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Nachtrag

Und weil’s so schön ist, diesen gleich hinterher…

Hauptsache Bücher

Die Party geht weiter mit dem LibriVox Community Podcast #140

(ist zwar englisch, aber es ist quasi der Geist von LV konzentriert)

celebrating LibriVox’s tenth birthday

Hosted by RuthieG.

Duration: 25:57

Featuring SonoftheExiles, chocoholic, commonsparrow3, Peter Why, commonsparrow3, hugh, mhhbook, smike, GregGiordano and a host of others.

00:00 Song: Ten years, ten years and still going strong!
03:22 Introduction
03:37 SonoftheExiles offers advice from Bachelor 1, a truly amazing reader!
05:04 So you think recording is straightforward…
06:33 Laurie Anne (chocoholic): the tribulations of recording with dogs and children around.
07:48 Freudian slips.
08:53 Peter Yearsley (Peter Why) takes us through his (nearly) 10 years with LibriVox.
10:13 A tweet and blog post from a listener.
12:17 Maria Kasper (commonsparrow3) tells us of the liberation of her voice.
14:31 Message from Hugh McGuire (hugh).
16:50 Mary from Arkansas (mhhbook) tells us of 10 favourite listens.
18:58 Claudia Salto (smike) sings…

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Happy Birthday LibriVox

Ich gehe mal den bequemen Weg (es ist ja viel zu heiß, um selbst aktiv zu werden) und reblogge diesen hervorragenden Beitrag von Hokuspokus. 🙂

Hauptsache Bücher

Heute feiert LibriVox seinen 10. Geburtstag. Alles begann mit der Frage, ob man nicht über das Internet Menschen zusammen bringen kann, die ein Buch aufnehmen. Vor 10 Jahren startete Hugh McGuire ein Blog um die Arbeit am ersten LV Gruppenprojekt zu organisieren. Diese erste LibriVox-Aufnahme war The Secret Agent von Joseph Conrad, die am 26. September 2005 veröffentlicht wurde. Das ging deshalb so schnell, weil die Arbeit daran schon vorher begonnen und zunächst per Mail organisiert wurde.

Zur Feier des Tages veröffentlicht LibriVox heute die LibriVox 10th Anniversary Collection, die 100 Texte mit der Zahl 10 im Titel enthält. Auf deutsch sind 10 Beträge dabei:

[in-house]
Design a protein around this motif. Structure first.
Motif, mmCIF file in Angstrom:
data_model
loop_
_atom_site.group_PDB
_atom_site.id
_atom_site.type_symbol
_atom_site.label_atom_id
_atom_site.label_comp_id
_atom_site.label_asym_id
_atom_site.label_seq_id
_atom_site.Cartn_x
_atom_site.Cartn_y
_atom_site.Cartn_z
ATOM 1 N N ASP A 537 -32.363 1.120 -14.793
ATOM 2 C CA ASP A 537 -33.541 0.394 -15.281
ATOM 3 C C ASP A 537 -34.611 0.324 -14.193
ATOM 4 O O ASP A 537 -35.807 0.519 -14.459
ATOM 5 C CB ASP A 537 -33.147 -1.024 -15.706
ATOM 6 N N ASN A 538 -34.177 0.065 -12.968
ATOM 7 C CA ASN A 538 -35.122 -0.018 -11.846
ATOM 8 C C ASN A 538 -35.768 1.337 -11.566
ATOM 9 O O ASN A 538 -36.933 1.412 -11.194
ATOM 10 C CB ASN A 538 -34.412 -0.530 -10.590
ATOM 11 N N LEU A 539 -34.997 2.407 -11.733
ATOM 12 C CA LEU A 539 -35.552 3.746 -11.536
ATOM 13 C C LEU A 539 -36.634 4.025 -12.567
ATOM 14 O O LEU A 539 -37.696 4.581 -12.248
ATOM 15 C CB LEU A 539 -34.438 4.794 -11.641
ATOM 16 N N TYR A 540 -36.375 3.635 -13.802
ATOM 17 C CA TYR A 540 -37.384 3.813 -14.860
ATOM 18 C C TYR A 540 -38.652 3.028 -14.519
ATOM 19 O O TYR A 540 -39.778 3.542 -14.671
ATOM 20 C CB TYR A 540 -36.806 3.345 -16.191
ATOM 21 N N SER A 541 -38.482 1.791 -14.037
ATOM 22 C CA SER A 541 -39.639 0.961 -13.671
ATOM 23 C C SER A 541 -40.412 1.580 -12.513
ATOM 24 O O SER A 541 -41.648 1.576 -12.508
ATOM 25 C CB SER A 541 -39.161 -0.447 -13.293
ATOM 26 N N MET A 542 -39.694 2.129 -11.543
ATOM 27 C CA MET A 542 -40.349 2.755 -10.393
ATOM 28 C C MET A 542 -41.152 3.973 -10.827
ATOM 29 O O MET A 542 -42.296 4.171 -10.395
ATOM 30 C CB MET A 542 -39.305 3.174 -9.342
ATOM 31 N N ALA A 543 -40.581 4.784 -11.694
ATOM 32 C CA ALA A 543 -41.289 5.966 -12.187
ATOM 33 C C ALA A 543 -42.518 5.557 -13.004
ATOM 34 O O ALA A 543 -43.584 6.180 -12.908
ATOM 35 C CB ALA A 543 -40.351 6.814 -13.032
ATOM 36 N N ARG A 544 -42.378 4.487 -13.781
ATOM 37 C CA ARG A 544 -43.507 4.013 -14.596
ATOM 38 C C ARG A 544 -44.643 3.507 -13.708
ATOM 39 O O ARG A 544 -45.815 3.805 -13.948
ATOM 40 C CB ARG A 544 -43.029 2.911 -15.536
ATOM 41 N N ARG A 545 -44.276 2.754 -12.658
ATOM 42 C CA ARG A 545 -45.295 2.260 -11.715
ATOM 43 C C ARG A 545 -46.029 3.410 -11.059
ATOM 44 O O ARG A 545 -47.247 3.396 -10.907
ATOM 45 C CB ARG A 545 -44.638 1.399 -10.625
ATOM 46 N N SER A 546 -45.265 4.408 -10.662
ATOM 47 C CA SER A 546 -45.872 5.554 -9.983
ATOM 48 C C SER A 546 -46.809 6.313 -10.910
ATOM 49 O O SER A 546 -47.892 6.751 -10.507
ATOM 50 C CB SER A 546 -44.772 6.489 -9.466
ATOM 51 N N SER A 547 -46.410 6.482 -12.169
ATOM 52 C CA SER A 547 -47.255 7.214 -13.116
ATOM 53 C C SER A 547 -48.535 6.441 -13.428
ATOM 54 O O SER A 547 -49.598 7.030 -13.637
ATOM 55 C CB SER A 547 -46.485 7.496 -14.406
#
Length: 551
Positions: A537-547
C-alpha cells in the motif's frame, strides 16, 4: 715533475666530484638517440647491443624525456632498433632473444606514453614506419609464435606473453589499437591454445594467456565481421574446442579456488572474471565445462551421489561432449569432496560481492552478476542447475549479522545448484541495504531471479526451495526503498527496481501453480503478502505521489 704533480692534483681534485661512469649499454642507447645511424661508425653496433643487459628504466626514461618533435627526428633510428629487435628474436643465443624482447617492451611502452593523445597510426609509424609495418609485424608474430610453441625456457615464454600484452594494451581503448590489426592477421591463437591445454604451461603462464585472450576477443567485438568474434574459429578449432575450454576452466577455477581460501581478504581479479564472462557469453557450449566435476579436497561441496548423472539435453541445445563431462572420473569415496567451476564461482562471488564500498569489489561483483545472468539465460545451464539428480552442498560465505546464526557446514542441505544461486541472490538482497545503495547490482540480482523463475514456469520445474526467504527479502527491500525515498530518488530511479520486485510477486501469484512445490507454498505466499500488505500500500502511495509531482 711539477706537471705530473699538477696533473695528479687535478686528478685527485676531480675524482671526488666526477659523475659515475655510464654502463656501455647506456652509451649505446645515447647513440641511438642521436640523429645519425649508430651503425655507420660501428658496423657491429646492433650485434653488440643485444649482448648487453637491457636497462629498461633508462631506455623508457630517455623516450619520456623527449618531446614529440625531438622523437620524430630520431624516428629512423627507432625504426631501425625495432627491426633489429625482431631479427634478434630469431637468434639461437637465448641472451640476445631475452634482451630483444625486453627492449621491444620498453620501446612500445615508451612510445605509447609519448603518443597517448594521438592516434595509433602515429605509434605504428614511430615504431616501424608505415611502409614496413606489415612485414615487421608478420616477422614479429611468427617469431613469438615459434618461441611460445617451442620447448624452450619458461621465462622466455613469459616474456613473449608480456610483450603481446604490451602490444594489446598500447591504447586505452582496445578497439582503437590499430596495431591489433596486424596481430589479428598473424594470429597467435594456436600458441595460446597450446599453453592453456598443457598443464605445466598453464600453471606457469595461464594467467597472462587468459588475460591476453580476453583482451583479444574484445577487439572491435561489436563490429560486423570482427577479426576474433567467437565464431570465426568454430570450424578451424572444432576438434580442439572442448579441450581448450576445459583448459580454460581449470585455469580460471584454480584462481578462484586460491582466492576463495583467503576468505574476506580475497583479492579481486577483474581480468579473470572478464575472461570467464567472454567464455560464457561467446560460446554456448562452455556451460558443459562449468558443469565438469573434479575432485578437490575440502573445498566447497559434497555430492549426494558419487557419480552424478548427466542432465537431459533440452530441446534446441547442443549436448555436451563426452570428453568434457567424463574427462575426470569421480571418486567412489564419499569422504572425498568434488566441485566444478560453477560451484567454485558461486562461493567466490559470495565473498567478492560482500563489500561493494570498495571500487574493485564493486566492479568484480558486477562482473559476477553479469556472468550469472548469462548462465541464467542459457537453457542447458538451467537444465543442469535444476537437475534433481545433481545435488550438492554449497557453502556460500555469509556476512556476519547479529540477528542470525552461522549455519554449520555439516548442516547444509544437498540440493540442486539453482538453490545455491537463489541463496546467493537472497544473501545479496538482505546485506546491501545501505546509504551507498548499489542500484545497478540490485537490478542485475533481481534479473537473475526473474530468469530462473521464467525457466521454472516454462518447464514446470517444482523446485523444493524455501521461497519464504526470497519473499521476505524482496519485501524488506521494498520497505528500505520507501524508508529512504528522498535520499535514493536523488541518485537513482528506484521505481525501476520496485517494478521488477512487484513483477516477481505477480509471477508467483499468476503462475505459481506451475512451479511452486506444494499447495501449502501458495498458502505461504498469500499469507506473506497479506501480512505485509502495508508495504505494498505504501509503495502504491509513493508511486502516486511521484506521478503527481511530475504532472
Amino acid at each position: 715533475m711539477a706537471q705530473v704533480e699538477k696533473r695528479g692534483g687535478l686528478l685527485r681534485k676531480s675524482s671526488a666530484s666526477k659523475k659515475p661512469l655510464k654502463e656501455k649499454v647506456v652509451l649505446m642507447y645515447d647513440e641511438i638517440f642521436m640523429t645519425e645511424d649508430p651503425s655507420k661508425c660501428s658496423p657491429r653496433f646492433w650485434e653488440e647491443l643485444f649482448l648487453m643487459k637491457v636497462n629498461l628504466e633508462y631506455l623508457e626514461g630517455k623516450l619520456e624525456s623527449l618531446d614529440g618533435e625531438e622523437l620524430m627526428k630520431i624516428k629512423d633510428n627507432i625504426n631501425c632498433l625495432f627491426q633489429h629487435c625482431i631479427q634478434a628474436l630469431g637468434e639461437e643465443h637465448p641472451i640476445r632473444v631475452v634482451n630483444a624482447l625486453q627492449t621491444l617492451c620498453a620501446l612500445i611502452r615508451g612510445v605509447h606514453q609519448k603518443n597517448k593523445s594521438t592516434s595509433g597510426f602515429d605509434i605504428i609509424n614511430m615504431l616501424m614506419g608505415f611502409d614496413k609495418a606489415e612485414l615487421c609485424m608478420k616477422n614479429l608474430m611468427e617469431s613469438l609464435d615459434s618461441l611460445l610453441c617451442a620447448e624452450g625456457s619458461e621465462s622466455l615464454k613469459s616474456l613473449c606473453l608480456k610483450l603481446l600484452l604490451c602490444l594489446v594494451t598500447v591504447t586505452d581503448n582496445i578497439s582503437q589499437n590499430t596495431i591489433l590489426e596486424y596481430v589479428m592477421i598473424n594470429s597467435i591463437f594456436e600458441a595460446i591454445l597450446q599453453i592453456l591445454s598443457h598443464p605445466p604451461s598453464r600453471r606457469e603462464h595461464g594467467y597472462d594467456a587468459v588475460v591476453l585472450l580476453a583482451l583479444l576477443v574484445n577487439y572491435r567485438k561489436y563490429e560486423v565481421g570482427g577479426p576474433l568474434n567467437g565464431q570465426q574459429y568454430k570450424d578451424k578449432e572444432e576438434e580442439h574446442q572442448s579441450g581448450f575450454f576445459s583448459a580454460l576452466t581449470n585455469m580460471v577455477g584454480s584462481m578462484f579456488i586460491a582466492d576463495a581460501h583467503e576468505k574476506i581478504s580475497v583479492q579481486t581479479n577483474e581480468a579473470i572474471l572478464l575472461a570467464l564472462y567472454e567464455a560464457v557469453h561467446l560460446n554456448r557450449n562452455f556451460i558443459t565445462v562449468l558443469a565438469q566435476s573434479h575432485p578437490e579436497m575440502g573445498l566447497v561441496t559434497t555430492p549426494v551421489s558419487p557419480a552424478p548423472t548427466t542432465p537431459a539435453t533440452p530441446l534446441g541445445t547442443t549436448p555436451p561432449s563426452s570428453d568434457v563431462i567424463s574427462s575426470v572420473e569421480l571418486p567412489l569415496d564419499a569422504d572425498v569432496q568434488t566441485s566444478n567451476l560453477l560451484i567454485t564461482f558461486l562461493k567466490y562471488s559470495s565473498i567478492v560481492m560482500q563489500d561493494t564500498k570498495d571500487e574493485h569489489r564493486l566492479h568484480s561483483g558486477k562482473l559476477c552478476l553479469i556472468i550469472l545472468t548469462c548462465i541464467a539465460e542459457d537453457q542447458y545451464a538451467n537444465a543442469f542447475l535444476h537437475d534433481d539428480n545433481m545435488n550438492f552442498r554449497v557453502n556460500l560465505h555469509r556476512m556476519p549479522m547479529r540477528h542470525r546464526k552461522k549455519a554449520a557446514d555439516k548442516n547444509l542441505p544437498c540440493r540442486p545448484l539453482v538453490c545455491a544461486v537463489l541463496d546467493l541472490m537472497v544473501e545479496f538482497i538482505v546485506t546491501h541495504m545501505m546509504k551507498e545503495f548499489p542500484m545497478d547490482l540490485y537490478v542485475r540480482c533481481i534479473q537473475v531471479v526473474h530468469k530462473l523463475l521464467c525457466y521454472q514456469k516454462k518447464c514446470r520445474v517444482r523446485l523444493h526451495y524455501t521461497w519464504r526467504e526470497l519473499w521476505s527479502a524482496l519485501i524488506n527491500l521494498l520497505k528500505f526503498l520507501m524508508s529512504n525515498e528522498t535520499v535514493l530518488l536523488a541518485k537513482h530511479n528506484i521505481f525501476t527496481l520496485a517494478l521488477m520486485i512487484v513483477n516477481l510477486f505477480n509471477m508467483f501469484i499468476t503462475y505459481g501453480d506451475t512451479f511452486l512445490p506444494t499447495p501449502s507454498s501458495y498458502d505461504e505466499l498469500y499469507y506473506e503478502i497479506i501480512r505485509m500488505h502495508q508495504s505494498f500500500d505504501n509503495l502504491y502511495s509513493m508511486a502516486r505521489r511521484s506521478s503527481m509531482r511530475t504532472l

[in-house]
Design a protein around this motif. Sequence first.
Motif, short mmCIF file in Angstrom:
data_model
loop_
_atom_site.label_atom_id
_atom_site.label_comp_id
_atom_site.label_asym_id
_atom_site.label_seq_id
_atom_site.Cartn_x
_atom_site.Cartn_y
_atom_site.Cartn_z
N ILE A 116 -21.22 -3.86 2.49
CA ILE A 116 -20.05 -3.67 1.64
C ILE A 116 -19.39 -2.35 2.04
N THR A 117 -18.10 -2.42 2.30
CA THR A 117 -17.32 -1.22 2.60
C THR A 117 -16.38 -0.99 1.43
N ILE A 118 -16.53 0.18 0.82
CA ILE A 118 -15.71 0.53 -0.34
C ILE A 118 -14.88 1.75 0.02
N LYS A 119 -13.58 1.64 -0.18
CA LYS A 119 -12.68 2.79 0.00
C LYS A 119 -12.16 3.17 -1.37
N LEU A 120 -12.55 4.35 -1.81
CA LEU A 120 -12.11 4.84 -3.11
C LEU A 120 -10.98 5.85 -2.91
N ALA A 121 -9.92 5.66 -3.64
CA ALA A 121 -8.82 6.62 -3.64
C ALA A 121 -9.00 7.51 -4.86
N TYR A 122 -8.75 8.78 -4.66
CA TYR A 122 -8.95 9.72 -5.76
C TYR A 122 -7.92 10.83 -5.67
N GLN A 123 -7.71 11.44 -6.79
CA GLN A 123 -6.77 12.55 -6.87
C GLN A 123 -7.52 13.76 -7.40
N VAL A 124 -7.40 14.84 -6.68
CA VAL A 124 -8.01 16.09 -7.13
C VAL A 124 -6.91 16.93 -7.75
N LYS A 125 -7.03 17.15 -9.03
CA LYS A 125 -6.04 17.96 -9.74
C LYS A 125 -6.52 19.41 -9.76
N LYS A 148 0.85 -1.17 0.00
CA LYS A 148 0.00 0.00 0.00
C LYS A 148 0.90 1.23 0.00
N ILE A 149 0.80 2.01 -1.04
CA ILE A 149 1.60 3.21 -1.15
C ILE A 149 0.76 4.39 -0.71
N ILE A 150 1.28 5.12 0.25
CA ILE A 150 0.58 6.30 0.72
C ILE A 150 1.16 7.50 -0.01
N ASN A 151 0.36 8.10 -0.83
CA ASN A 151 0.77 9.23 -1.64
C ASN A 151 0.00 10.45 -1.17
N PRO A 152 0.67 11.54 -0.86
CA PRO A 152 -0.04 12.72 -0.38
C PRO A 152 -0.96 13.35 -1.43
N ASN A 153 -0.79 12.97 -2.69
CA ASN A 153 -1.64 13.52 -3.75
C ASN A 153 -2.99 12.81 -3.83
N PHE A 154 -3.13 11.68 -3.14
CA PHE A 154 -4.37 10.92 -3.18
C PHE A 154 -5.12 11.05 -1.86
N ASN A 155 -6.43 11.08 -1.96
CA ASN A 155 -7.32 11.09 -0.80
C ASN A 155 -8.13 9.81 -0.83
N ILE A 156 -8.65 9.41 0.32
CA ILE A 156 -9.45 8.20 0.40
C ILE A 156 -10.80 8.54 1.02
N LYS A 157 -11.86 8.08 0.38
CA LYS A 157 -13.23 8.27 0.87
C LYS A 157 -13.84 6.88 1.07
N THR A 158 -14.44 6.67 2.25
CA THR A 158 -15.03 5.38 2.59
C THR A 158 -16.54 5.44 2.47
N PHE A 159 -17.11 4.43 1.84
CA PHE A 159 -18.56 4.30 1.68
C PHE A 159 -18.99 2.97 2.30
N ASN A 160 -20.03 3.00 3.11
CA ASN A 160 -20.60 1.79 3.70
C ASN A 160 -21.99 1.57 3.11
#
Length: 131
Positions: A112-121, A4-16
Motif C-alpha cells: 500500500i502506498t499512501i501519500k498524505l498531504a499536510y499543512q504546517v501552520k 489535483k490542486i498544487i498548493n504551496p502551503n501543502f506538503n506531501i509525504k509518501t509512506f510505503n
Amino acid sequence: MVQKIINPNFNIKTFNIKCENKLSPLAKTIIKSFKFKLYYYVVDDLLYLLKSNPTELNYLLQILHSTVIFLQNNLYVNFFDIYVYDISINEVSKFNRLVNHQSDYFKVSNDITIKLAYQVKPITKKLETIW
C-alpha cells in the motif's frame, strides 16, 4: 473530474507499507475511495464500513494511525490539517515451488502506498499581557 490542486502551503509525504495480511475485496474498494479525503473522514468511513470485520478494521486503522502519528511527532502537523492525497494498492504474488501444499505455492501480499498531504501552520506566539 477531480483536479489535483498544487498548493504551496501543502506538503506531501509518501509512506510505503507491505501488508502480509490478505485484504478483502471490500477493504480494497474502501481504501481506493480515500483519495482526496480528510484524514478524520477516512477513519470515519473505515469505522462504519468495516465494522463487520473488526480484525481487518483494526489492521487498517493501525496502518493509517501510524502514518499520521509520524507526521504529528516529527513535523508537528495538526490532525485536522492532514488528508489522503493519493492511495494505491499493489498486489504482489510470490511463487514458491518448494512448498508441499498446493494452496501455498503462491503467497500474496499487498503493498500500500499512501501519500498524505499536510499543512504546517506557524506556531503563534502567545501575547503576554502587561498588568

06 – Zehnmal bin ich seit gestern ausgegangen von Johann Peter Eckermann, gelesen von Julia Niedermaier
19 – Die letzten Zehn von Arno Holz, gelesen von Herman Roskams
39 – Tramway Szene 10 Uhr Nachts Baden – Wien von Peter Altenberg, gelesen von…

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Amazon… A virtual marketplace, or Big Brother?

Appalling behaviour from Amazon. Reblogged.

imy santiago

A couple of weeks ago I read the third installment of a series I really loved. I will refrain from sharing the name of the novel and its author.

Like any reader, as soon as I finished reading, I wrote my review. When I tried posting it on Amazon (I did buy the eBook, just like any normal and decent human being would), I received a rather concerning email.

I will not share the screenshot of the email as it does contain the title of the book and name of the author. In its place I have copied the body of the email below.

Dear Amazon Customer,

Thanks for submitting a customer review on Amazon. Your review could not be posted to the website in its current form. While we appreciate your time and comments, reviews must adhere to the following guidelines:
http://www.amazon.com/review-guidelines

Here I was, thinking I had included an…